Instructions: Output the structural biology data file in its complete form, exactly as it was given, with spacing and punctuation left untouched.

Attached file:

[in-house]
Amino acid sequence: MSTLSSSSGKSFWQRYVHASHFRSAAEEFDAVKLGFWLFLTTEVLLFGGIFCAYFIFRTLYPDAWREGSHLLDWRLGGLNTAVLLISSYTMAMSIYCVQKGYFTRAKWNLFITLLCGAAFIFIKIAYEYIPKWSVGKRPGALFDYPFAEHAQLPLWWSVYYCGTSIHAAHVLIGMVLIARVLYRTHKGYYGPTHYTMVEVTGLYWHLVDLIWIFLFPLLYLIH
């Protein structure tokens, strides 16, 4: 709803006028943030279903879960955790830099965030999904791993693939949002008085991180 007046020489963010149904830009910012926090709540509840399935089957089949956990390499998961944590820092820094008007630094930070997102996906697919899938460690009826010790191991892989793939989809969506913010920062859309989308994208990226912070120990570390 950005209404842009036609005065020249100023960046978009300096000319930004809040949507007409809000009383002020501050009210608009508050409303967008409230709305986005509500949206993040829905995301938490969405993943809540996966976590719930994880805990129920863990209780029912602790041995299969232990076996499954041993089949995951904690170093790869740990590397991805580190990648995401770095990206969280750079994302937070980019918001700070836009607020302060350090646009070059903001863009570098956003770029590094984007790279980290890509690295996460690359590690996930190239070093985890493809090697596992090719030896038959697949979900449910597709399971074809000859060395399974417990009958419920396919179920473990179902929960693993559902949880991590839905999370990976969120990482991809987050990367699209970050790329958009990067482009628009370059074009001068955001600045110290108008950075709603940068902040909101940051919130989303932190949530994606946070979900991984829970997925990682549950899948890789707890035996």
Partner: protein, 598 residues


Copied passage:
[in-house]
Amino acid sequence: MSTLSSSSGKSFWQRYVHASHFRSAAEEFDAVKLGFWLFLTTEVLLFGGIFCAYFIFRTLYPDAWREGSHLLDWRLGGLNTAVLLISSYTMAMSIYCVQKGYFTRAKWNLFITLLCGAAFIFIKIAYEYIPKWSVGKRPGALFDYPFAEHAQLPLWWSVYYCGTSIHAAHVLIGMVLIARVLYRTHKGYYGPTHYTMVEVTGLYWHLVDLIWIFLFPLLYLIH
């Protein structure tokens, strides 16, 4: 709803006028943030279903879960955790830099965030999904791993693939949002008085991180 007046020489963010149904830009910012926090709540509840399935089957089949956990390499998961944590820092820094008007630094930070997102996906697919899938460690009826010790191991892989793939989809969506913010920062859309989308994208990226912070120990570390 950005209404842009036609005065020249100023960046978009300096000319930004809040949507007409809000009383002020501050009210608009508050409303967008409230709305986005509500949206993040829905995301938490969405993943809540996966976590719930994880805990129920863990209780029912602790041995299969232990076996499954041993089949995951904690170093790869740990590397991805580190990648995401770095990206969280750079994302937070980019918001700070836009607020302060350090646009070059903001863009570098956003770029590094984007790279980290890509690295996460690359590690996930190239070093985890493809090697596992090719030896038959697949979900449910597709399971074809000859060395399974417990009958419920396919179920473990179902929960693993559902949880991590839905999370990976969120990482991809987050990367699209970050790329958009990067482009628009370059074009001068955001600045110290108008950075709603940068902040909101940051919130989303932190949530994606946070979900991984829970997925990682549950899948890789707890035996």
Partner: protein, 598 residues